Create a key to log in to Digital Ocean droplet with PuTTY

After you log in to your droplet with the Digital Ocean console, you can use these commands to create an SSH key, add it to your authorized_keys, create the PuTTY proprietary key, download it to your computer, and load it into PuTTY!

If you don’t know your root password, you can use the “Reset root password” feature from the “access” section of the droplet’s console. Note that once you initiate this procedure it will be impossible to log in to your droplet without the password that Digital Ocean will send you in email. Once the root password is set, those with an SSH key won’t need it; it is required only to log in to the Digital Ocean console.

First, we’ll need your hostname:

Install Required Tools

apt install -y woof putty-tools
Click for steps to generate an SSH key on your server

Generate a new SSH key, add it to authorized_hosts, and temporarily make it available on the web

Paste the following into your terminal. In the Digital Ocean console you can paste with control-v or by right-clicking and choosing paste.

NOTE: Literate Computing Installs after about September 7, 2020 already have the keys created and copied to ~/.ssh, so you should be able to skip this step.

The Digital Ocean console seems to barf if there’s more than one line, so here this is a bit at a time:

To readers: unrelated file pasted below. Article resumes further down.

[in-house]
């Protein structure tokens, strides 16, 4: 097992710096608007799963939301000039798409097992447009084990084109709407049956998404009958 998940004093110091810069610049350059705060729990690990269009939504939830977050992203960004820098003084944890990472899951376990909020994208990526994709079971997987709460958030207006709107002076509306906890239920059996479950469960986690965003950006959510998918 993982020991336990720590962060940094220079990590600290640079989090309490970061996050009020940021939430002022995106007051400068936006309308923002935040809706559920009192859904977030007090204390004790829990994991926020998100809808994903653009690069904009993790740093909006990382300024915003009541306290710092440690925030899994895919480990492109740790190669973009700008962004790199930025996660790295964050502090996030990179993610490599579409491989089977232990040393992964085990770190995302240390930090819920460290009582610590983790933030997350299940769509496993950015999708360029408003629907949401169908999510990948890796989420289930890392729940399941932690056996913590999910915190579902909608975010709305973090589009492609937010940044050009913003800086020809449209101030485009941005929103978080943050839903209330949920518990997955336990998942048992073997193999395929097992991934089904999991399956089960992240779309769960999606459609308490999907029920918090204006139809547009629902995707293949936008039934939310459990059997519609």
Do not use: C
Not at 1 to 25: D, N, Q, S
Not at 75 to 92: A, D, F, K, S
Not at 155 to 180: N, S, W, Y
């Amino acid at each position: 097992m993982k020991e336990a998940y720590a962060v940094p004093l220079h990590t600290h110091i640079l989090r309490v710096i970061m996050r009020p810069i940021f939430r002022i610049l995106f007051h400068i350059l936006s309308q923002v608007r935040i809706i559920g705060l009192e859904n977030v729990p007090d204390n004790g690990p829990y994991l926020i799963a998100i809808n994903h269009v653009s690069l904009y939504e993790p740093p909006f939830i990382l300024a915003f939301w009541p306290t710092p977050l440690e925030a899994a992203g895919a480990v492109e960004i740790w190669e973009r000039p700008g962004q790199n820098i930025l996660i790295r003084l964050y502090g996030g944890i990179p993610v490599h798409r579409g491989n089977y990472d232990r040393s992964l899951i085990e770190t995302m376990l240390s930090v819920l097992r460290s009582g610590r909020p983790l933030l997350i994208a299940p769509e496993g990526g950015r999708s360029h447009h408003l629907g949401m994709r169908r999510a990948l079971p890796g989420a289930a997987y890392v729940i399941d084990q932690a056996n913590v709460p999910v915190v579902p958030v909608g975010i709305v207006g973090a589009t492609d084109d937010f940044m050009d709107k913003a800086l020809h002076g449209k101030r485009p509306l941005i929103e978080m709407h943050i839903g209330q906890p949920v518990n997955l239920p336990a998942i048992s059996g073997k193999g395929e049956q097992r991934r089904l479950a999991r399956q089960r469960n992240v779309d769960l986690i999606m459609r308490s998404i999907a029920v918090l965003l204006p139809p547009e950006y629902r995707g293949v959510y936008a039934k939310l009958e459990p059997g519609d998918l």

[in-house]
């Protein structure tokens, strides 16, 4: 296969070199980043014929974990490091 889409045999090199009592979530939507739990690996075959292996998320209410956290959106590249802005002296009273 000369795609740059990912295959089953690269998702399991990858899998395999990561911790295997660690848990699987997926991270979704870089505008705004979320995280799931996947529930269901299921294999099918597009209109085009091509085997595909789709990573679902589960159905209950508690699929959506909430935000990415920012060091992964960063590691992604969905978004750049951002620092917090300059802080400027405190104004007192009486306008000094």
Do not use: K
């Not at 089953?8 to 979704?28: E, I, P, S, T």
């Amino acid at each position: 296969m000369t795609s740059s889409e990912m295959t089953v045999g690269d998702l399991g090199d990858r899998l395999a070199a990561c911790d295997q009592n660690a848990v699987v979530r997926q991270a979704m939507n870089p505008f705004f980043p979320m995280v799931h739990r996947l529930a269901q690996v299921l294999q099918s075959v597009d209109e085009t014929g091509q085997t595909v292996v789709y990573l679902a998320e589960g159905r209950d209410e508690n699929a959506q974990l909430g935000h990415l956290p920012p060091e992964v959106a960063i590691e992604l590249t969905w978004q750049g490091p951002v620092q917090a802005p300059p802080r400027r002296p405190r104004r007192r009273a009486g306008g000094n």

set things up

 KEYFILE="=hostname=";cd ~/.ssh

Generate the key

ssh-keygen -t rsa -N "" -f $KEYFILE

add the new key to the login keys

cat $ >> authorized_keys

Make the putty key

cat $KEYFILE  $ > $KEYFILE.pem; puttygen $KEYFILE.pem -o $KEYFILE.ppk -O private; chmod 600 $KEYFILE.pem $KEYFILE.ppk

Create a temporary web server for your PuTTY key

woof ~/.ssh/=hostname=.ppk

download your ppk file with this link:

Copy/paste the following into an “incognito” window in Chrome or a “private” window in Firefox. Your browser will force the following to https which will make it not work. Alternatively, you can use your server IP rather than the hostname.


add the link to putty:


at the login as: prompt, enter root.

You’re in!

Extra hints

Avoid entering “root” every login

Under session/ldata you can provide root as the username to avoid that annoying prompt.



For advanced users

Get the entire ~/.ssh directory as a tar file; useful if you want the regular openSSH keys.

Or PuTTY and openSSH keys:

woof -z ~/.ssh

Here it is in one block. I couldn’t make this work in the console, but it could be useful for something else

cd ~/.ssh
ssh-keygen -t rsa -N "" -f $KEYFILE
cat $KEYFILE  $ > $KEYFILE.pem
puttygen $KEYFILE.pem -o $KEYFILE.ppk -O private
chmod 600 $KEYFILE.pem $KEYFILE.ppk
cat $ >> authorized_keys
woof $KEYFILE.ppk